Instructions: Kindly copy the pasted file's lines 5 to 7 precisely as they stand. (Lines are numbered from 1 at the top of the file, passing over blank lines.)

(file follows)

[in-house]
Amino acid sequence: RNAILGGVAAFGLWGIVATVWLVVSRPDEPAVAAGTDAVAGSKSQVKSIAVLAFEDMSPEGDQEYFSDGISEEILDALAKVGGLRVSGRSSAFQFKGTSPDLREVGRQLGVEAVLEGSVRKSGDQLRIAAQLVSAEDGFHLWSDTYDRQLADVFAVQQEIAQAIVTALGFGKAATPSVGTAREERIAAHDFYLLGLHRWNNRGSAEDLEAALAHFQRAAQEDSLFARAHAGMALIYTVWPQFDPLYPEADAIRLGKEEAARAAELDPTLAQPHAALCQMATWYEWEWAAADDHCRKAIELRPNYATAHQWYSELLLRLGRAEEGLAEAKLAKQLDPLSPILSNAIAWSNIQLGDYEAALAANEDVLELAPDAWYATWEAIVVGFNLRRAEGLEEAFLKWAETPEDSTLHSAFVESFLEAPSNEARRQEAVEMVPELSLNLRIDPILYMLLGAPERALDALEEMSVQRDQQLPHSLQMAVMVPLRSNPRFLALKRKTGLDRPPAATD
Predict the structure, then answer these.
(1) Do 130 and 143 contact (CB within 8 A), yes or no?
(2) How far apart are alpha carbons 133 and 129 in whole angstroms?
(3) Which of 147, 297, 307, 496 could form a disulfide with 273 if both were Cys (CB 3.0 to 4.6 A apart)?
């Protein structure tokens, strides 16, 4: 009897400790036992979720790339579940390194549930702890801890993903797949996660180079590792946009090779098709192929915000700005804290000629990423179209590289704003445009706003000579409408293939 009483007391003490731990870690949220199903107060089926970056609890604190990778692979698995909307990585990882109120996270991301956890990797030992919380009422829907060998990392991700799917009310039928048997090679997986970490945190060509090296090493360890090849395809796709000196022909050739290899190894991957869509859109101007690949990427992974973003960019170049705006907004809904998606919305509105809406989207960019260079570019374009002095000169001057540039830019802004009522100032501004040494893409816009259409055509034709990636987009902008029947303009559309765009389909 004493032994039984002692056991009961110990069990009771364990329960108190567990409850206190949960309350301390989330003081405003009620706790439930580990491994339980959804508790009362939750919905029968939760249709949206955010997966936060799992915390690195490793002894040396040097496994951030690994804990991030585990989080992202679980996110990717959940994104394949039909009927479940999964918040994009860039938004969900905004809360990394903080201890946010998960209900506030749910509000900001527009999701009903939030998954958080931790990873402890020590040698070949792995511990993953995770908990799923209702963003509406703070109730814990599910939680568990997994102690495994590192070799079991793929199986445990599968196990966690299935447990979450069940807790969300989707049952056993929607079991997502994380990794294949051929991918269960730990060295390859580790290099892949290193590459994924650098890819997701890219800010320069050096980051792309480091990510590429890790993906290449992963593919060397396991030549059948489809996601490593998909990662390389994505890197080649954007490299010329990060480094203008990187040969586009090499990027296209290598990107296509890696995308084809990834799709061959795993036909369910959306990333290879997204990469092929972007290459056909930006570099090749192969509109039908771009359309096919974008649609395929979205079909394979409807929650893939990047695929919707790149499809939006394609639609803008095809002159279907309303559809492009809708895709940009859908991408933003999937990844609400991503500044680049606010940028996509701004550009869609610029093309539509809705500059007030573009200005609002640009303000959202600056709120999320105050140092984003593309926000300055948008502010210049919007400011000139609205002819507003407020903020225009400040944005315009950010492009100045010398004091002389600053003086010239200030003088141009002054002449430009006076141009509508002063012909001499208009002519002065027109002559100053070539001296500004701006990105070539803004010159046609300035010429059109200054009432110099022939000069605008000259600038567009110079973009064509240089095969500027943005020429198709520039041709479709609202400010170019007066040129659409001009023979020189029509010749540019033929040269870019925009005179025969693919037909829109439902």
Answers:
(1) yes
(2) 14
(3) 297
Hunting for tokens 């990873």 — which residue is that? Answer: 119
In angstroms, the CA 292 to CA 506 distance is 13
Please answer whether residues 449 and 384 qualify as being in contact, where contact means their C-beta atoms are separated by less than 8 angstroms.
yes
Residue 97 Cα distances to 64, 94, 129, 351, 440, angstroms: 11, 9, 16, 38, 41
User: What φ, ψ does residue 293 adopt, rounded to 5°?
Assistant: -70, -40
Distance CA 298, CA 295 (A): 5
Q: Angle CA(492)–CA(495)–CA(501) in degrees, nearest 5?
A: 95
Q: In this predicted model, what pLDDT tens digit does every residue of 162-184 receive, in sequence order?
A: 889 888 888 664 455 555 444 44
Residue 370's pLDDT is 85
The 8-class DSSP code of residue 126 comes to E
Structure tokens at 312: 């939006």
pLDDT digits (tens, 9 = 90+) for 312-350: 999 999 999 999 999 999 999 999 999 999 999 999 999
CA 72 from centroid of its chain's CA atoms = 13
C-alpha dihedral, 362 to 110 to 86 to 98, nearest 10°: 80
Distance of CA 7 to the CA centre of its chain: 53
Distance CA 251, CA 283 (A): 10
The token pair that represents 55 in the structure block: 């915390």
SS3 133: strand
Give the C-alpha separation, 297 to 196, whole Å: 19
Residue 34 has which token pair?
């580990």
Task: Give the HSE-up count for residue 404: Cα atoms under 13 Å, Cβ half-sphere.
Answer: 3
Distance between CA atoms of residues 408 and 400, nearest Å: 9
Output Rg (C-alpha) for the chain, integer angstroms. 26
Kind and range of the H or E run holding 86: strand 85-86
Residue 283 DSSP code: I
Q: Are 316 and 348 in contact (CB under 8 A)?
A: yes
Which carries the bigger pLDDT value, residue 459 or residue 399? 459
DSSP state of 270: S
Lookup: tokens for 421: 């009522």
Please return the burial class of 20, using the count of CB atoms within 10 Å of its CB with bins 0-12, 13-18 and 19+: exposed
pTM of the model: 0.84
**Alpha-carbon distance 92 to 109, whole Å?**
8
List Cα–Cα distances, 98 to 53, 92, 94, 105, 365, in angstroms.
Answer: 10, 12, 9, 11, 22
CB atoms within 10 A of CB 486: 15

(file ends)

(2) How far apart are alpha carbons 133 and 129 in whole angstroms?
(3) Which of 147, 297, 307, 496 could form a disulfide with 273 if both were Cys (CB 3.0 to 4.6 A apart)?
């Protein structure tokens, strides 16, 4: 009897400790036992979720790339579940390194549930702890801890993903797949996660180079590792946009090779098709192929915000700005804290000629990423179209590289704003445009706003000579409408293939 009483007391003490731990870690949220199903107060089926970056609890604190990778692979698995909307990585990882109120996270991301956890990797030992919380009422829907060998990392991700799917009310039928048997090679997986970490945190060509090296090493360890090849395809796709000196022909050739290899190894991957869509859109101007690949990427992974973003960019170049705006907004809904998606919305509105809406989207960019260079570019374009002095000169001057540039830019802004009522100032501004040494893409816009259409055509034709990636987009902008029947303009559309765009389909 004493032994039984002692056991009961110990069990009771364990329960108190567990409850206190949960309350301390989330003081405003009620706790439930580990491994339980959804508790009362939750919905029968939760249709949206955010997966936060799992915390690195490793002894040396040097496994951030690994804990991030585990989080992202679980996110990717959940994104394949039909009927479940999964918040994009860039938004969900905004809360990394903080201890946010998960209900506030749910509000900001527009999701009903939030998954958080931790990873402890020590040698070949792995511990993953995770908990799923209702963003509406703070109730814990599910939680568990997994102690495994590192070799079991793929199986445990599968196990966690299935447990979450069940807790969300989707049952056993929607079991997502994380990794294949051929991918269960730990060295390859580790290099892949290193590459994924650098890819997701890219800010320069050096980051792309480091990510590429890790993906290449992963593919060397396991030549059948489809996601490593998909990662390389994505890197080649954007490299010329990060480094203008990187040969586009090499990027296209290598990107296509890696995308084809990834799709061959795993036909369910959306990333290879997204990469092929972007290459056909930006570099090749192969509109039908771009359309096919974008649609395929979205079909394979409807929650893939990047695929919707790149499809939006394609639609803008095809002159279907309303559809492009809708895709940009859908991408933003999937990844609400991503500044680049606010940028996509701004550009869609610029093309539509809705500059007030573009200005609002640009303000959202600056709120999320105050140092984003593309926000300055948008502010210049919007400011000139609205002819507003407020903020225009400040944005315009950010492009100045010398004091002389600053003086010239200030003088141009002054002449430009006076141009509508002063012909001499208009002519002065027109002559100053070539001296500004701006990105070539803004010159046609300035010429059109200054009432110099022939000069605008000259600038567009110079973009064509240089095969500027943005020429198709520039041709479709609202400010170019007066040129659409001009023979020189029509010749540019033929040269870019925009005179025969693919037909829109439902």